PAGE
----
Gambia has filed its case against Myanmar at the International Court of Justice (ICJ) for the alleged genocide of the Rohingya in a move widely hailed by the Muslim minority group, as well as refugee host country Bangladesh.
Over 500 pages, the memorial submitted Friday also includes more than 5,000 pages of supporting materials, while Rohingya rights groups have urged Myanmar to immediately comply with earlier ICJ orders to prevent ongoing acts of genocide and preserve evidence of genocide against Rohingya Muslims.
On Jan. 23, 2020, the ICJ unanimously passed legally binding provisional measures requiring the Southeast Asian nation to take all steps within its power to prevent acts of genocide, including killings, affliction of serious mental or bodily harm and other acts listed in the Genocide Convention.
"Today [the memorial] is another step towards justice for Rohingya," said Matthew Smith, chief executive officer at civil rights group Fortify Rights, in a reaction, adding: "International accountability mechanisms, like the ICJ, are crucial, especially given that mass atrocity crimes continue against Rohingya and others in Myanmar."
An estimated 600,000 Rohingya remain in Rakhine State, Myanmar, where they face ongoing genocide, Fortify Rights said in a statement on Friday.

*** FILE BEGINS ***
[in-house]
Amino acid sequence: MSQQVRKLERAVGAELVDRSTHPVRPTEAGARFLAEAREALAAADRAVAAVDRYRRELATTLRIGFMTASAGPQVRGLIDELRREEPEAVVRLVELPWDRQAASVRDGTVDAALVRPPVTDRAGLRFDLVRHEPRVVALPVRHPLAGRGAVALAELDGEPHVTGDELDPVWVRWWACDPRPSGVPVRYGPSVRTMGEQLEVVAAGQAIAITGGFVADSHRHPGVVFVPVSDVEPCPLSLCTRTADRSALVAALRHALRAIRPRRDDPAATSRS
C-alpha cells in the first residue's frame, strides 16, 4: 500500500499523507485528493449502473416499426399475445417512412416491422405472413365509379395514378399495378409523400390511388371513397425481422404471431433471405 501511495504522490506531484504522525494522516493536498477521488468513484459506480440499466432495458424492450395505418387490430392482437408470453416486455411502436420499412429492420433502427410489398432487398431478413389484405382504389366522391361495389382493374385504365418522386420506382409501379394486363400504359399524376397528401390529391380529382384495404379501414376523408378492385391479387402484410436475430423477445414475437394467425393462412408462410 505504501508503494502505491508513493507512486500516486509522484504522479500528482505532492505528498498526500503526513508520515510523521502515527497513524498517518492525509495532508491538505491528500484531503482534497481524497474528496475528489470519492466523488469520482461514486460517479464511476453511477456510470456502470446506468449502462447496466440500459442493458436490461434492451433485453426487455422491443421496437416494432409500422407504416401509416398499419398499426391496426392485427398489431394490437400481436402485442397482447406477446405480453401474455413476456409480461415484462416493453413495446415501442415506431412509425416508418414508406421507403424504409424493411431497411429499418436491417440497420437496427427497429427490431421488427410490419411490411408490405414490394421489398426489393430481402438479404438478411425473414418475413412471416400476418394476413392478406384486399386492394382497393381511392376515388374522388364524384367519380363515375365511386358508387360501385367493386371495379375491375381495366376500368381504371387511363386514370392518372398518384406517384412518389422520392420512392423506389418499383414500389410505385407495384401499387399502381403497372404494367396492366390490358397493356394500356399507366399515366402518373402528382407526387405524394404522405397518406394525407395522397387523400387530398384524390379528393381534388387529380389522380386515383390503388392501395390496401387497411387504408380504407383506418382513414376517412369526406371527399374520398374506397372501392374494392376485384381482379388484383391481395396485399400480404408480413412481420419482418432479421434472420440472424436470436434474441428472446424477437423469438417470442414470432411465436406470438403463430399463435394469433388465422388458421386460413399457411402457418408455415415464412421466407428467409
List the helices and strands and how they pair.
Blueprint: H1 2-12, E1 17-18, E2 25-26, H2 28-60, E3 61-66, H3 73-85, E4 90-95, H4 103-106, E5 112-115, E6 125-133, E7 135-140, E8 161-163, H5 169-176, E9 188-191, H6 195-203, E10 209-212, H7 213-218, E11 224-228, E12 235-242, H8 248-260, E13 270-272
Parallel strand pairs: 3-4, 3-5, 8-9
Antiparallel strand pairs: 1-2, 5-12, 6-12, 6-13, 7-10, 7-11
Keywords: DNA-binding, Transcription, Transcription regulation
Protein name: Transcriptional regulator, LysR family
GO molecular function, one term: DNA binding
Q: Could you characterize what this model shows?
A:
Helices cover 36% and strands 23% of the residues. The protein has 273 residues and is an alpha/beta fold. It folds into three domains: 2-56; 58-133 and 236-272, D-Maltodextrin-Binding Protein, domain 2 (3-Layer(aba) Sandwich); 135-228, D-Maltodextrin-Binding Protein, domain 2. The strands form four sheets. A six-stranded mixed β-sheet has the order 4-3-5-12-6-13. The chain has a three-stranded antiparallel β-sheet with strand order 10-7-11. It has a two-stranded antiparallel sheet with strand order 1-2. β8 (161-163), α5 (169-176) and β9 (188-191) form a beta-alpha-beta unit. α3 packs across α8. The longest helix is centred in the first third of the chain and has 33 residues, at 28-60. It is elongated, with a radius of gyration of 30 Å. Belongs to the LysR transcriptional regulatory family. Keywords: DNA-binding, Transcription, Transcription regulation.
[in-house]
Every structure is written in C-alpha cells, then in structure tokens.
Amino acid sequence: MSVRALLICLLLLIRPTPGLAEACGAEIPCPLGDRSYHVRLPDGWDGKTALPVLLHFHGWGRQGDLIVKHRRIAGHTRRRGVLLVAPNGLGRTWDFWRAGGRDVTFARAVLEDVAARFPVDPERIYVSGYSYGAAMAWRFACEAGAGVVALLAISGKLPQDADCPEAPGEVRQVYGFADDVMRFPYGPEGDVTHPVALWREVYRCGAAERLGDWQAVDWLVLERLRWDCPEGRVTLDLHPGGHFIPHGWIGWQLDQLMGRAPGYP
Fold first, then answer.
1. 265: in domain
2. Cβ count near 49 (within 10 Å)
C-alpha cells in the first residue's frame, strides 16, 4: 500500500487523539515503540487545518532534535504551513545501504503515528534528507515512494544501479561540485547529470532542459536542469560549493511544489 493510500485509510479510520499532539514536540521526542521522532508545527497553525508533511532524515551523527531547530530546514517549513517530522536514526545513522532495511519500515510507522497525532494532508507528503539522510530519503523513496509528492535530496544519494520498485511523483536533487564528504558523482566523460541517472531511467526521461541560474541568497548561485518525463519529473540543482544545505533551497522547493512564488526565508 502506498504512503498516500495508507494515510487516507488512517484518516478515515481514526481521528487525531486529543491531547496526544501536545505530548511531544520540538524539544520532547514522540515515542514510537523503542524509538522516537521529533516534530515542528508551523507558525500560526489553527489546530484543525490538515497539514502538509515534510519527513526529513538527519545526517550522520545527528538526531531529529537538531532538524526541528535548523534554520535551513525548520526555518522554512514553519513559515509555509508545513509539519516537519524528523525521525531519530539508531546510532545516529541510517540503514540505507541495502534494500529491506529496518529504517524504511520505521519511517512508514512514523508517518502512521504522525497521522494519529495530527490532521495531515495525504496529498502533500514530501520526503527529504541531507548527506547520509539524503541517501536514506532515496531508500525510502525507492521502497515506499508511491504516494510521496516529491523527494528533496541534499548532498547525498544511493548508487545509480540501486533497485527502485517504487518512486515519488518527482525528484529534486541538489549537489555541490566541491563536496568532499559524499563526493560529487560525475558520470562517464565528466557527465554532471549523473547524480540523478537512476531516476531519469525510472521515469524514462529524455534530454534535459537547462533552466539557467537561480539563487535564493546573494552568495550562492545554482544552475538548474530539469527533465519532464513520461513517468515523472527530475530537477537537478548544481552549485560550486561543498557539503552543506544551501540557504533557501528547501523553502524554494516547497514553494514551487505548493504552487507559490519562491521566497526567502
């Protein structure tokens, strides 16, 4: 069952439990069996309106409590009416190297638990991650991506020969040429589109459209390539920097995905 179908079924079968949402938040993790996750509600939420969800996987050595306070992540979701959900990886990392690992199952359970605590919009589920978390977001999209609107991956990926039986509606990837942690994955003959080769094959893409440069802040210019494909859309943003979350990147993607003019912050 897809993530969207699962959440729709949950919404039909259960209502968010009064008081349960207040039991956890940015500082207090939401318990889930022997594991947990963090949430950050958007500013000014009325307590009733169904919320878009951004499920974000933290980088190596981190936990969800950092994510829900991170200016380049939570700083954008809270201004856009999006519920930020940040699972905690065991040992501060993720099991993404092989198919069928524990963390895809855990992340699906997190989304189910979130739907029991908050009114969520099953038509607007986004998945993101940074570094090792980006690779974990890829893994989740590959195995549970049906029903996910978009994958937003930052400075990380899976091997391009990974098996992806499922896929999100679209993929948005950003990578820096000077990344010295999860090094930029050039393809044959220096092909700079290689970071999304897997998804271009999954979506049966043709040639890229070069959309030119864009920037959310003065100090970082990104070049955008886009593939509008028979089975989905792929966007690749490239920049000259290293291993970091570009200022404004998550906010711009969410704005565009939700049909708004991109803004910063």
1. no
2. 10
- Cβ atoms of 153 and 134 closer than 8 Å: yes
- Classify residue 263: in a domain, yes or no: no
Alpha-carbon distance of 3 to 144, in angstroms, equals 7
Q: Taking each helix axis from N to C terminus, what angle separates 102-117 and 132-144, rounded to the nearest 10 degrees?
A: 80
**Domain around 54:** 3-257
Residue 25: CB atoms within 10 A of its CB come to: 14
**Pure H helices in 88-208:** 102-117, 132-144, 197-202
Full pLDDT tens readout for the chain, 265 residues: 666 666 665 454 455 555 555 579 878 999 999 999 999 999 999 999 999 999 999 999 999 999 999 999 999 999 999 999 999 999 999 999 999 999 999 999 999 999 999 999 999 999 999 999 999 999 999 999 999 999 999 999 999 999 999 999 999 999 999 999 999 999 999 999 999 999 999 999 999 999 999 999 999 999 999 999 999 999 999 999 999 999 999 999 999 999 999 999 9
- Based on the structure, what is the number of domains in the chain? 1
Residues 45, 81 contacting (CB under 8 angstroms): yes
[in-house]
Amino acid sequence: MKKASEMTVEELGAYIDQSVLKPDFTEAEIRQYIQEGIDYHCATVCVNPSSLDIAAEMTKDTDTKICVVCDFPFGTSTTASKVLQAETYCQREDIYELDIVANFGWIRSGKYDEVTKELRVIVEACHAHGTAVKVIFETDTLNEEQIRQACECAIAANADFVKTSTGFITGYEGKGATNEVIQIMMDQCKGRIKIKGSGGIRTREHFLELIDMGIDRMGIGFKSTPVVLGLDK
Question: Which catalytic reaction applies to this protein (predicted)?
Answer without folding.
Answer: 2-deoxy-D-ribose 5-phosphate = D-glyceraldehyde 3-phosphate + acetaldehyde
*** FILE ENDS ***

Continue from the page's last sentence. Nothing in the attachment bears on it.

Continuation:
It accused Myanmar authorities of continuing to commit human rights violations against the Rohingya even after the provisional measures, confining more than 125,000 Rohingya in over 20 internment camps.
In November 2019, Gambia opened the case at the ICJ against Myanmar for failing to prevent or punish acts of genocide against Rohingya Muslims.
Myanmar will now file a counter-memorial at the ICJ on July 23, 2021, in response to Gambia's allegations.
Ro Nay San Lwin, rights activist and co-founder of the Free Rohingya Coalition, welcomed the move and urged the global community to extend support for Gambia.
"Despite the orders of the International Court of Justice, the Myanmar government and military continue its horrific persecution against Rohingya in Rakhine state. There is the continuation of armed conflict in Rakhine state. Rakhine and Rohingya villagers have been badly impacted," he told Anadolu Agency.
"Local authorities use COVID-19 as a pretext to persecute more. Many Rohingya have been killed amid fighting between the Myanmar military and Arakan Army. The Myanmar military is using Rohingya as human shields during the fight with Arakan Army," he said, asserting that Myanmar was not complying with the ICJ orders.
Mohammad Shamsu Douza, a Bangladeshi commissioner for refugee relief and repatriation, also welcomed Gambia's memorial, reassuring that Bangladesh would "provide all possible support to the case against the persecution of Rohingya people in the ICJ."
He also urged the international community to stand with Gambia to secure justice for the Rohingya to increase "pressure" on Myanmar to halt atrocities against the group and repatriate its roughly 1.2 million displaced members currently taking shelter in Cox's Bazar in Bangladesh.
However, he added that "Bangladesh's ultimate target was the safe and dignified repatriation of Rohingya to their home country, Myanmar."/aa